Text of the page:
The common cold is an illness that plagues many during the springtime season. According to LiveScience, “These dramatic temperature changes aren’t the direct cause of these illnesses. Rather, the temperature shifts permit a different group of viruses to flourish.”
The common cold is an illness caused by a common virus known as the rhinovirus, which is responsible for at least 50% of colds, according to WebMD. Rhinovirus is the most common virus, some other viruses include coronavirus, respiratory syncytial virus, influenza and parainfluenza.
The drastic change of weather can directly affect a person’s health. There is an estimated toll of one billion Americans having a cold each year. Symptoms of colds range from sore throats, runny nose, coughing, sneezing, headaches and body aches.
If you happen to be infected with the common cold there isn’t much you can do to alleviate it since there is no known cure for the illness, due to its lack of severity and its short presence in the human body. More so than anything the common cold causes discomfort for the infected individual.
The road to recovery may seem like a long way, but being affected by the common cold may be a blessing in disguise. Although you may be missing work while you’re away, you shouldn’t take this time to stress over the missed work. Taking a sick day is alright, your body needs time to build up its immune system again, stress will only slow down the healing process.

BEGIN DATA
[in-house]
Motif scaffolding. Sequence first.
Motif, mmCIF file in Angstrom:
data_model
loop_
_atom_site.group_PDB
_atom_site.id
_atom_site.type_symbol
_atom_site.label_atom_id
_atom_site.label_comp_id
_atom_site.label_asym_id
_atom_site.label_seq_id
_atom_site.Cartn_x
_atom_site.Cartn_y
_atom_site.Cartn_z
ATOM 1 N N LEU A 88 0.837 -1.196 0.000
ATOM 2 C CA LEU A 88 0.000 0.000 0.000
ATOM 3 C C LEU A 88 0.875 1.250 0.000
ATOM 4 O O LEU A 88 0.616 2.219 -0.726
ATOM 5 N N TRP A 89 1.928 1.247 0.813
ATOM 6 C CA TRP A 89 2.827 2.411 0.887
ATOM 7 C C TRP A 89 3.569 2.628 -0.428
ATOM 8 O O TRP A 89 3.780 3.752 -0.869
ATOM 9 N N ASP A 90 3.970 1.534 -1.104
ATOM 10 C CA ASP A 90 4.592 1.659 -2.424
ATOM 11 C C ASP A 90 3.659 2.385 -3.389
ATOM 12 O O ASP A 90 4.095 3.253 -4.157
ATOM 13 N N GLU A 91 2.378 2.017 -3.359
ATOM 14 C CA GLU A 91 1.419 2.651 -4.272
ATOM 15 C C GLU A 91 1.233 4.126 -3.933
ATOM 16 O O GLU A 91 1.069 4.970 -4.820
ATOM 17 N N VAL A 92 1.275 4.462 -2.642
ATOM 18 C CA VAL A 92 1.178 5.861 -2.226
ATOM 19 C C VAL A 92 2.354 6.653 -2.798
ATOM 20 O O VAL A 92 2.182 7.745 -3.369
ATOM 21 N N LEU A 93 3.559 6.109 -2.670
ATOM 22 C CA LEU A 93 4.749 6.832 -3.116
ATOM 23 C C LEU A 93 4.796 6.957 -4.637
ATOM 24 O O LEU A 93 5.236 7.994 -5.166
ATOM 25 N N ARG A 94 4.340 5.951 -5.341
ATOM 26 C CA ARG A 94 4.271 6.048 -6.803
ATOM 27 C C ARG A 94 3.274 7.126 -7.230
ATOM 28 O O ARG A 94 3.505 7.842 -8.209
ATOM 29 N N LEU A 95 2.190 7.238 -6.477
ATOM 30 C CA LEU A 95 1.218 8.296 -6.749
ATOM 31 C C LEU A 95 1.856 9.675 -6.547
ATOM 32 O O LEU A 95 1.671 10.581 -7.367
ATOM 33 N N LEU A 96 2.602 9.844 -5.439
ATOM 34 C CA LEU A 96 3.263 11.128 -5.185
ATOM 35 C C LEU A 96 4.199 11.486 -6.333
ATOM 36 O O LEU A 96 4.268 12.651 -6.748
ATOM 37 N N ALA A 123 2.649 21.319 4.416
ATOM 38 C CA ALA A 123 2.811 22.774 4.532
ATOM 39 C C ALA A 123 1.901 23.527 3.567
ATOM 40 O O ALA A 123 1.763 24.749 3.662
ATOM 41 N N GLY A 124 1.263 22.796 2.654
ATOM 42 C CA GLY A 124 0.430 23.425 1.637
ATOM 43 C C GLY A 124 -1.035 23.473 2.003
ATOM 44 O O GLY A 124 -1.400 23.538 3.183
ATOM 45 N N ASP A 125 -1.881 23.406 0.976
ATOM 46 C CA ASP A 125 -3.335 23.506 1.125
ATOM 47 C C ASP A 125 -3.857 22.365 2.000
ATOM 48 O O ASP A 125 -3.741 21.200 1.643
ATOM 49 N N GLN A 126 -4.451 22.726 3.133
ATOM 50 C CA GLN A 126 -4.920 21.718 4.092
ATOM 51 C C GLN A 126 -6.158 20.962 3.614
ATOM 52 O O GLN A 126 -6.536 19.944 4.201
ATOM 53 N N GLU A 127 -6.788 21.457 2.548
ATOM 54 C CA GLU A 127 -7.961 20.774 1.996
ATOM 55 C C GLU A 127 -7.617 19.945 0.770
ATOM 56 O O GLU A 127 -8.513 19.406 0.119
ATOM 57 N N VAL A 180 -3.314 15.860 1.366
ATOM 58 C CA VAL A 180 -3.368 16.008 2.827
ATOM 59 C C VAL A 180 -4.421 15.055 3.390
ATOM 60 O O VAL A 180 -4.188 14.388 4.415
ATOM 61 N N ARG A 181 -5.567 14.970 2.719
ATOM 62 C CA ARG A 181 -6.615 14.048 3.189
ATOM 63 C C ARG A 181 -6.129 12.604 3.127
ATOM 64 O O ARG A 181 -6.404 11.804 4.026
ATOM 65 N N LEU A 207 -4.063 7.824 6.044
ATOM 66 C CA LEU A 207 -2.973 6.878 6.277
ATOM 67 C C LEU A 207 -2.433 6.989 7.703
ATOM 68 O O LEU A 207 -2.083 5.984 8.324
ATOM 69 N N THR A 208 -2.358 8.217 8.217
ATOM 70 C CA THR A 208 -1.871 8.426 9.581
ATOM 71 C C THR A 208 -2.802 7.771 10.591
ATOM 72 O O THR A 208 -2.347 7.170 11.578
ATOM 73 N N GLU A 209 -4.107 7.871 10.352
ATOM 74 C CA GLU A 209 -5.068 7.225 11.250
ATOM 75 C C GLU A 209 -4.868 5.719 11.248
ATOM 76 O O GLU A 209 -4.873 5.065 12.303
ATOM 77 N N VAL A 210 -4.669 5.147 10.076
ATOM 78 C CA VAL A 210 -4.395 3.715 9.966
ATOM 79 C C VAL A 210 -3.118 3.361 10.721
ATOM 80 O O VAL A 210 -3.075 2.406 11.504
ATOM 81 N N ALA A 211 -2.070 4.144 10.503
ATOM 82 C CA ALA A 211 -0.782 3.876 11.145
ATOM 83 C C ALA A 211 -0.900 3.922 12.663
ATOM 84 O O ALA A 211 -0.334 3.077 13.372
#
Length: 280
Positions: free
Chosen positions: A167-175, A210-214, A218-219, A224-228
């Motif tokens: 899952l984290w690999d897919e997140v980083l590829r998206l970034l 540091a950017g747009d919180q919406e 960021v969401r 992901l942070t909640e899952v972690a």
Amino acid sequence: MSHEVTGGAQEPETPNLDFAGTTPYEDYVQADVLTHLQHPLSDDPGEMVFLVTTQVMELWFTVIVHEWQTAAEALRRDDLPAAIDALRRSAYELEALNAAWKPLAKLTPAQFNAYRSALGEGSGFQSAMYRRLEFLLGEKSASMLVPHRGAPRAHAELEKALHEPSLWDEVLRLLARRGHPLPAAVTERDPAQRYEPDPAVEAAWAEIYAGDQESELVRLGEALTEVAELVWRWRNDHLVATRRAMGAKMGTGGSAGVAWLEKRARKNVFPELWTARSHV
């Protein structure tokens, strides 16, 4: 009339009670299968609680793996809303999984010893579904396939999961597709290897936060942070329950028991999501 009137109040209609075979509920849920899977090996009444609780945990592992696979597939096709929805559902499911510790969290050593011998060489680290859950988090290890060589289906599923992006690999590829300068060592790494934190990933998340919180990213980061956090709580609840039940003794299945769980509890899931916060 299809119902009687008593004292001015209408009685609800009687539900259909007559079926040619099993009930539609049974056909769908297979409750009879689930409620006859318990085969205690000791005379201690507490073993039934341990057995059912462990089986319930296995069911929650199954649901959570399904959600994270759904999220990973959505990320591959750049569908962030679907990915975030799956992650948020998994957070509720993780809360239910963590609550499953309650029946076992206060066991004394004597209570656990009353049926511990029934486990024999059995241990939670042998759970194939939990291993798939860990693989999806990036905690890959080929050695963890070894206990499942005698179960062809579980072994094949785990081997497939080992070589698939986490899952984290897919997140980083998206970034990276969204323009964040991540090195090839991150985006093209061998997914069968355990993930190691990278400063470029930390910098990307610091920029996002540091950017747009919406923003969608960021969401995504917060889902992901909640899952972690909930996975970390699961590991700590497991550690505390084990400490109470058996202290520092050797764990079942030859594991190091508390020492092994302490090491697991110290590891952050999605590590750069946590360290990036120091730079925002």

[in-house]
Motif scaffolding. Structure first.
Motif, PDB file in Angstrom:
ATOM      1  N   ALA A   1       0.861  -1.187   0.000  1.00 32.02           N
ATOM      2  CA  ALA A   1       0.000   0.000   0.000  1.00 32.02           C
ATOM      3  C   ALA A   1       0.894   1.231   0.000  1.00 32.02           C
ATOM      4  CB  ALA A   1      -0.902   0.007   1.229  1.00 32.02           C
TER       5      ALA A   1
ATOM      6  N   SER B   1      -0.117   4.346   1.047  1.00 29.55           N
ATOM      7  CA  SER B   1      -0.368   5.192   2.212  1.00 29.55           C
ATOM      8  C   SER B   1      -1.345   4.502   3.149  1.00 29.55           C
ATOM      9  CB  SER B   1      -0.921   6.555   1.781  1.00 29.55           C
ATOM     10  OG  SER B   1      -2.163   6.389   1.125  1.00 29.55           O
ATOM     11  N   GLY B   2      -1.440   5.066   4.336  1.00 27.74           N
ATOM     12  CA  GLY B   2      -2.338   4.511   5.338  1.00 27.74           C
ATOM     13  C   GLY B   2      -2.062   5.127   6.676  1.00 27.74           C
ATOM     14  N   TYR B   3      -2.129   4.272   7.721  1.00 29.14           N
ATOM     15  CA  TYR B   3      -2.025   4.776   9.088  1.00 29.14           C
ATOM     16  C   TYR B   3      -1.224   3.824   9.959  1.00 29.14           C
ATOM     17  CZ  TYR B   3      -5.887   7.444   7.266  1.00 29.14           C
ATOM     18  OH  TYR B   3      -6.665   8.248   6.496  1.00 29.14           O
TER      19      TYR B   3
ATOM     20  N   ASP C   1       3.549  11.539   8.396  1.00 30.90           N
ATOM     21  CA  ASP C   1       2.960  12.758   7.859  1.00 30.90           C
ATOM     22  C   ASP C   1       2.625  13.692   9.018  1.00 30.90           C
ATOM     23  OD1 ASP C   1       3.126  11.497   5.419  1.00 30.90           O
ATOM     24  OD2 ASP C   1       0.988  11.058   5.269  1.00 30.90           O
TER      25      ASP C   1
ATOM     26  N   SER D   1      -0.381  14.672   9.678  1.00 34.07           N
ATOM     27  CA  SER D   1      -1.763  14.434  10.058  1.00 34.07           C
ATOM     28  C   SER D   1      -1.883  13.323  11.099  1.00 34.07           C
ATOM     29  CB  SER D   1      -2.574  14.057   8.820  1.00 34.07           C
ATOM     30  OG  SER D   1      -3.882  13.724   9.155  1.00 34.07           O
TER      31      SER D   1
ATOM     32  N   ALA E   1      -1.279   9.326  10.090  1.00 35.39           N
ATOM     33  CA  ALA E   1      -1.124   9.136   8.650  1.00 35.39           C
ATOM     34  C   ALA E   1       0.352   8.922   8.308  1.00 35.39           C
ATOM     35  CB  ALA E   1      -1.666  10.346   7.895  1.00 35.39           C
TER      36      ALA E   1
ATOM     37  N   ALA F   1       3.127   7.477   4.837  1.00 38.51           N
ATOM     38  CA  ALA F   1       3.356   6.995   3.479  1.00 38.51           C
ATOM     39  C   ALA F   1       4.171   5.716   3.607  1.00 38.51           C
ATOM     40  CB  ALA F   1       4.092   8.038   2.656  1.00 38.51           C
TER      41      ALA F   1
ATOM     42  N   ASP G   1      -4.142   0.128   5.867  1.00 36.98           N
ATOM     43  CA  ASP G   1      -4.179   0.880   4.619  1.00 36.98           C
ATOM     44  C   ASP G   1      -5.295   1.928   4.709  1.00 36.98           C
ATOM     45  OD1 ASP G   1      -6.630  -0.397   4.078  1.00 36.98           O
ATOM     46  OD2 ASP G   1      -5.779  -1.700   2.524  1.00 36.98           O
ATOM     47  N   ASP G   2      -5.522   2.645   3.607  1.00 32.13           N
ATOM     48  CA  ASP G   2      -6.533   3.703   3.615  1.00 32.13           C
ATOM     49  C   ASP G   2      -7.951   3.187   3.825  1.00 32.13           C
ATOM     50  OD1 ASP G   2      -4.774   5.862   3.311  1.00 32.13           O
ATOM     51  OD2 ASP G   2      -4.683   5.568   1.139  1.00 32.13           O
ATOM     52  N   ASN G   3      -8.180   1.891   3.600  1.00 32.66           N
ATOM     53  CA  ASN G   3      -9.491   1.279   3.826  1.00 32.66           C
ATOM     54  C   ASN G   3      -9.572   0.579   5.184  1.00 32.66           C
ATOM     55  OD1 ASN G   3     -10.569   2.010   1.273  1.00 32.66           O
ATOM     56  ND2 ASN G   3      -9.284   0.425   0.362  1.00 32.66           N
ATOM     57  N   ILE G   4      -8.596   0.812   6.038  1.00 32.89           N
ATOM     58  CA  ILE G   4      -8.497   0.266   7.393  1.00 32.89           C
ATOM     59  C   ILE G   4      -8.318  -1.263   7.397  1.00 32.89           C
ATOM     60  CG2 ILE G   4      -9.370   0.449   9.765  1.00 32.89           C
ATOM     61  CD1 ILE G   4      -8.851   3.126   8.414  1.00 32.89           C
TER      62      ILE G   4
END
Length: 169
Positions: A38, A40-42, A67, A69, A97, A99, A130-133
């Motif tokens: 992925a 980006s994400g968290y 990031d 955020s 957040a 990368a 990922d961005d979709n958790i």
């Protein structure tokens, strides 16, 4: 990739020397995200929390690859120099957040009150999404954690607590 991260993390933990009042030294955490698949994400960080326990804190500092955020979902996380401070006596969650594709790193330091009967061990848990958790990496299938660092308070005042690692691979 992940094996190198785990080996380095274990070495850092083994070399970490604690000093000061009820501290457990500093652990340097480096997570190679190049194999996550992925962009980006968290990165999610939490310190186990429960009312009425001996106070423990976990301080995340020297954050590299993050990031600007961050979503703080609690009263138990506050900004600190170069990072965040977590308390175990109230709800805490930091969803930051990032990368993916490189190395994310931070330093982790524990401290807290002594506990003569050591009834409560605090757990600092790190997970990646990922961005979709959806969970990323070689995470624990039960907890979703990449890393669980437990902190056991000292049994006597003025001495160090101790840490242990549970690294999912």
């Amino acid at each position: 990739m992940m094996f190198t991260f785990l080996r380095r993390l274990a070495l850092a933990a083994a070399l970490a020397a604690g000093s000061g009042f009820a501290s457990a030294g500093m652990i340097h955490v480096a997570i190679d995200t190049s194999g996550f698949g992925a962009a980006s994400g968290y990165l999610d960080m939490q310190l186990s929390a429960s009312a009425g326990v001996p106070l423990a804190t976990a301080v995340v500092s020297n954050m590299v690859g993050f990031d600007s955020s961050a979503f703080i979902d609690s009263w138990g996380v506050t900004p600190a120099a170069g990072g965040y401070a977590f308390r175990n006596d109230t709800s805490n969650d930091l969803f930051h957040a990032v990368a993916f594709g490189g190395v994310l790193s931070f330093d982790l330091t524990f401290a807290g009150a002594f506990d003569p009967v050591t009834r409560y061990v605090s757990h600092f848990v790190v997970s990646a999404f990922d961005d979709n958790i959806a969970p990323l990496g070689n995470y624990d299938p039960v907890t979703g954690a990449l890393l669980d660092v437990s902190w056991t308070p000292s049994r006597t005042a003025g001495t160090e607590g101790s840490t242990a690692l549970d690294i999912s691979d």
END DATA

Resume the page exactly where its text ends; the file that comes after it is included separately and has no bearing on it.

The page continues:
Although the virus thrives during this season there are ways to prevent spreading the disease to others, such as avoiding contact with others, disinfecting frequently touched surfaces and objects, and staying at home while sick.
The final tip most students find difficult is due to parents disapproving the missed school days that comes with a slight cough or sneeze, which leads to an outbreak of the common cold throughout schools.
Sophomore Rachel Javier faces many absences due to her sickness.
“My parents aren’t upset about me missing school when I’m sick, but only disapprove of my absence when my grades are bad,” Javier said.
Bringing awareness to parents is key in keeping the common cold out of schools.